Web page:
And now Greater Los Angeles waits for the third cleat to drop: Tollner. a fiercely loyal, altogether regular guy and an underrated coach, partly because he looks like somebody who might try to sell you whole life insurance and partly because he has the disorienting habit of winning games he's supposed to lose and vice versa. Quick, over the past four years, which Pac-10 coach has more conference victories than Tollner? Terry Donahue? Get out. Don James? Nuhuh. Nobody is who. Over the past four years, which Pac-10 coach has lost to Kansas, unranked Baylor, California, Washington State and Gerry Faust (three times)? It's Tollner, who went to the Rose Bowl in his second year but finished 6-6 last season. That's when McGee started thumbing his pad of pink slips. The word is out: Tollner needs eight or nine wins in '86 or it's on to that big pair of headphones in the sky.
Next to Tom Bradley and George Deukmejian, Tollner and McGee are the least likely twosome in L.A. to be seen grazing on goat-cheese pizzas at Spago. According to three separate sources, Tollner has been upset by at least three things: 1) Last year McGee had friends contact San Diego Chargers assistant Dave Levy and Dallas Cowboys offensive coordinator Paul Hackett about jobs on Tollner's staff, without Tollner's approval. McGee says the friends were acting on their own. 2) McGee welshed on salary promises he made to Tollner after the Rose Bowl season. McGee denies it. 3) McGee suggested Tollner fire some of his staff before this season.
Says Tollner of McGee, "It wouldn't serve any good purpose to talk about him." Says McGee of Tollner, "I'm not going to get into it." At least we got that cleared up.
Tollner says of his job status, "I was hired by the university president [Dr. James H. Zumberge]." McGee says of Tollner's job status, "I don't set the standards for USC football. They're historically high."
It's the stickiest of wickets. Tollner is not flashy enough to command the alumni support he deserves in Los Angeles, so he has to win more. McGee is looking at the lackluster attendance figures at the Coliseum (an average of 58,000 fans per game in Tollner's 3½ seasons) and at an athletic department that wasn't operating in the red until he arrived. So he figures the place could use some shaking up. In Morrison's old desk, he sat former Iowa coach George Raveling, an enlightened hiring if there ever was one.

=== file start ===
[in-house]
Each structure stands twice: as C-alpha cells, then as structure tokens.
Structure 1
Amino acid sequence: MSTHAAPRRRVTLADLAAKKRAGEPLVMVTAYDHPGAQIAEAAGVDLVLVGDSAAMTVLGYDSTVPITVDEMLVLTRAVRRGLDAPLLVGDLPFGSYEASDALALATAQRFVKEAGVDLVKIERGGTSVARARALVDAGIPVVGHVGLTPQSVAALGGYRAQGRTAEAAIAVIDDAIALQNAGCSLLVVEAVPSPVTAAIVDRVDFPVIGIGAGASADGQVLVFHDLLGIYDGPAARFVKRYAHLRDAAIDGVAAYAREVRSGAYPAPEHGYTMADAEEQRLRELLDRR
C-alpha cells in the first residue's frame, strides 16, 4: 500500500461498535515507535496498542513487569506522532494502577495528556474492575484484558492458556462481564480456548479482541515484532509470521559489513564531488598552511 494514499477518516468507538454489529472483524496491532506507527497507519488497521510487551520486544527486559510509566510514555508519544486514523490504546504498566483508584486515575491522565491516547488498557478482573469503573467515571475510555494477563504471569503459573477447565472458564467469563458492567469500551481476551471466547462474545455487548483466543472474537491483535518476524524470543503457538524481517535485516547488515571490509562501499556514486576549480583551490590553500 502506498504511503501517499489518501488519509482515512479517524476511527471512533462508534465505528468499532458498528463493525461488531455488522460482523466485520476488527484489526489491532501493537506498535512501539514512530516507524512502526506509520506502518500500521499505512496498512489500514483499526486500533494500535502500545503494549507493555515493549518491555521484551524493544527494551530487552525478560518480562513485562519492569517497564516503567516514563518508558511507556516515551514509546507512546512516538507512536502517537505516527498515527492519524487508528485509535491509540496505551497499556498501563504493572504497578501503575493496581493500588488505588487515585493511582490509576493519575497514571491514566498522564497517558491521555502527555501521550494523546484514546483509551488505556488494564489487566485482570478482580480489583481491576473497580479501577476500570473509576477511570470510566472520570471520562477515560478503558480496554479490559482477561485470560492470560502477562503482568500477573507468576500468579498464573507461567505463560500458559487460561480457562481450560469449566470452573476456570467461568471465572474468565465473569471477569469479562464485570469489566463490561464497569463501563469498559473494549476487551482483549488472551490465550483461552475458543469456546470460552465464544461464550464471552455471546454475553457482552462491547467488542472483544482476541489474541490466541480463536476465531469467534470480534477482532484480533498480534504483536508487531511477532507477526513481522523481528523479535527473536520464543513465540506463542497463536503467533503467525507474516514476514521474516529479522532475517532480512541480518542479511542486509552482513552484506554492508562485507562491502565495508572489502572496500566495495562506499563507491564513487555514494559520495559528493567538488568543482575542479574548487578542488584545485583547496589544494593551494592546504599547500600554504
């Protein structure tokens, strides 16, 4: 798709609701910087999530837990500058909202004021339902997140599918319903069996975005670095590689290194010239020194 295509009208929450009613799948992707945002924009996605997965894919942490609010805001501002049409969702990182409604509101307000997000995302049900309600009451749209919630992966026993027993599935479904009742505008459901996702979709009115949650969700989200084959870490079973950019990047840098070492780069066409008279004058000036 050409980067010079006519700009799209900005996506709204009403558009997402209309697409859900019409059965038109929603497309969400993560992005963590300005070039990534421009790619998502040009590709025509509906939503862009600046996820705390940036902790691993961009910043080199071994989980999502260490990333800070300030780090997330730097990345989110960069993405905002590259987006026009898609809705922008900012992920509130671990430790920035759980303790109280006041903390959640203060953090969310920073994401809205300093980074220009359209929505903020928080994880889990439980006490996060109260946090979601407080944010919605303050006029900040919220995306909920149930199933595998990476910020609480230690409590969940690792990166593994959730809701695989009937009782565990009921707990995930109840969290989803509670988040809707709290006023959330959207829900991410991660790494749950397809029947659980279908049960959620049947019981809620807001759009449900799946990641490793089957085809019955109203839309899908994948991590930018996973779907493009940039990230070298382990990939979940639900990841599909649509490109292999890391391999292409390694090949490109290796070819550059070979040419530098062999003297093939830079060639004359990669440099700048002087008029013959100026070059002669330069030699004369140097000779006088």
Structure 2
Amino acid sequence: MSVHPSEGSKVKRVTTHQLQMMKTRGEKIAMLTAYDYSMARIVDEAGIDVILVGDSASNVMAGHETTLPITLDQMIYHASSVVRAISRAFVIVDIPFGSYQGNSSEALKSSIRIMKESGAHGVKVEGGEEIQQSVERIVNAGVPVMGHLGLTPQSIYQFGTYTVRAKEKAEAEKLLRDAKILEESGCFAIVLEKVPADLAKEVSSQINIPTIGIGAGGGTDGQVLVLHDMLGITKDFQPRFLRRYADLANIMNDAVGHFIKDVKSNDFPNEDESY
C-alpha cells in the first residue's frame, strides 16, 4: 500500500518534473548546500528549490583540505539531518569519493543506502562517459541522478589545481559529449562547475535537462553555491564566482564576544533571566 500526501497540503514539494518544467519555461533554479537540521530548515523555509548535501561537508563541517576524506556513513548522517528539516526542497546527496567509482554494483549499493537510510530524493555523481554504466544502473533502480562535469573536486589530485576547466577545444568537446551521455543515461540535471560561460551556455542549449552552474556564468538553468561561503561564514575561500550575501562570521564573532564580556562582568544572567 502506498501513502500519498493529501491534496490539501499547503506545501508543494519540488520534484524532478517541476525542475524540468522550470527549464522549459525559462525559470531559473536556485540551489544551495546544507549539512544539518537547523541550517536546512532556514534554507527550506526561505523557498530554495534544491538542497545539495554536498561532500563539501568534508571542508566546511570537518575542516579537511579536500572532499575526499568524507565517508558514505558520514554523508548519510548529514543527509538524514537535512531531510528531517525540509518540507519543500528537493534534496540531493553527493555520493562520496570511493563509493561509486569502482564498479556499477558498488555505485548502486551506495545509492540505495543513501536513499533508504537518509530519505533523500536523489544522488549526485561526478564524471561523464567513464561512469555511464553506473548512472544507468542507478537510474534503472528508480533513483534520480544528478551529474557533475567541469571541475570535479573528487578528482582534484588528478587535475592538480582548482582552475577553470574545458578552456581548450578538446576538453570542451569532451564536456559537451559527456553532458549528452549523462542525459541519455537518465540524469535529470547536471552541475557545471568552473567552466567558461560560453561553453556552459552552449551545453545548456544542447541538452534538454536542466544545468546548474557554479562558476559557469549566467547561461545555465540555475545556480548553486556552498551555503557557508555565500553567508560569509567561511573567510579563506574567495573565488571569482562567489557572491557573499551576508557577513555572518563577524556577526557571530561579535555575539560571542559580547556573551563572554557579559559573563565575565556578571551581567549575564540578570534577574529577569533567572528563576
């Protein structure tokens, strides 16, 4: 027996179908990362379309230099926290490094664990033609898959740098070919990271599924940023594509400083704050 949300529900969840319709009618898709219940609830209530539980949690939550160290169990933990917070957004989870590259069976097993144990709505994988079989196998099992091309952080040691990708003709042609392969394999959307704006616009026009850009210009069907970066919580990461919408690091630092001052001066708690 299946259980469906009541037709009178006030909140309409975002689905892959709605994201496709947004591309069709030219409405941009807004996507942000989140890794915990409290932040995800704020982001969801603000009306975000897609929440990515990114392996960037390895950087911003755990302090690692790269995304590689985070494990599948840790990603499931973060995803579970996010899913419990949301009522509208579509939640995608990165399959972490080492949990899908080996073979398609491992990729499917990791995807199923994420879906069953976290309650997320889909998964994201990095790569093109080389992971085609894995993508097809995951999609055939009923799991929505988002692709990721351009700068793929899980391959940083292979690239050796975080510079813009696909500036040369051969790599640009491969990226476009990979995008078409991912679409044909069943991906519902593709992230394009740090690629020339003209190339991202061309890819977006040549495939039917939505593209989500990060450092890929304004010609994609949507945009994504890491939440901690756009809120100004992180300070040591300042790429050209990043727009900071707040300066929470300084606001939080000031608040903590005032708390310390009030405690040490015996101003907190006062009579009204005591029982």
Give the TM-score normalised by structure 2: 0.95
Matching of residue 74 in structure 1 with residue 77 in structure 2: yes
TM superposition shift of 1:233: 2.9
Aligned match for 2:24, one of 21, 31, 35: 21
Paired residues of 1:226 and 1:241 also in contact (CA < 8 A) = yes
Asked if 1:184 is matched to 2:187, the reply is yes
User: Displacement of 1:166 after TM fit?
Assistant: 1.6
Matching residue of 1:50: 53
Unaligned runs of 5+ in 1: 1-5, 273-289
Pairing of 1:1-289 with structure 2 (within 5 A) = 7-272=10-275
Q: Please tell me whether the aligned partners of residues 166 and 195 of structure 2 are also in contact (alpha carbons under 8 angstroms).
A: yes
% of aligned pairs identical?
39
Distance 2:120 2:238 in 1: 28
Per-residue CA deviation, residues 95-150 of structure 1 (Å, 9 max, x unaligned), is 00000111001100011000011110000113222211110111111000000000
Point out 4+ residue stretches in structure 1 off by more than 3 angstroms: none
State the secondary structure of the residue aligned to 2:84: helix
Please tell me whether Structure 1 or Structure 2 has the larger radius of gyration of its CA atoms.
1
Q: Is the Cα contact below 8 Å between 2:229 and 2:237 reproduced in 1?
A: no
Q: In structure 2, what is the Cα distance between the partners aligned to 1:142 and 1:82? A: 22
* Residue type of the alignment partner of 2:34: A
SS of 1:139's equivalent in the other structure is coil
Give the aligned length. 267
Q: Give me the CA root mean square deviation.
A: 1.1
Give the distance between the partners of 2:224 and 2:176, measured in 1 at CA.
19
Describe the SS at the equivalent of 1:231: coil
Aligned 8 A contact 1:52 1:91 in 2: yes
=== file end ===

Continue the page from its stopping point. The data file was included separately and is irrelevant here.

Indeed, nobody doubts that McGee knows his business. He hired USC's first full-time marketing director—welcome to the 1980s—and he has slightly increased season-ticket sales. It's just around the Mr. Coffee that McGee's a little rough. Charismatically speaking, he ranks somewhere between Frank Bartles and Ed Jaymes. "The man's absolutely brutal dealing with people face-to-face," says one staffer. Indeed, McGee appears to be drowning in the secretarial pool. "Let's just say, they're not fond of him," says the same staffer.
He is a bit rigid, from his three-piece suits to his predilection for prolixity. McGeespeak means that instead of saying, "Fred graduated," you say, "Fred enjoyed the graduation experience." One doesn't go to the Rose Bowl; one "enjoys the Rose Bowl experience." You figure that in the mornings McGee says, "Honey, pass the cream cheese experience."
Reading McGeespeak is even harder, but it must be mastered, because the man and his Dictaphone are almost fused. The torrent of memos cascading from under his door tends to drive the Troy citizenry crazy, according to the Los Angeles Times. "I guess you could say I'm as productive as the next guy in terms of memos and mail," McGee says. "But I'm going to make sure everybody understands what I want."
Can't blame the guy for that. And he is trying to warm up to the staff. He had some of them over to his house before the season for a Mexican feast. Unfortunately, he wore a coat and tie.
McGee represents change, but at an inertial place like USC, that's hard to accept. "We were like a family there," says Dedeaux. "It was a very special place. Everybody knew each other for so long. There was a camaraderie, you know. I guess that's changing, too."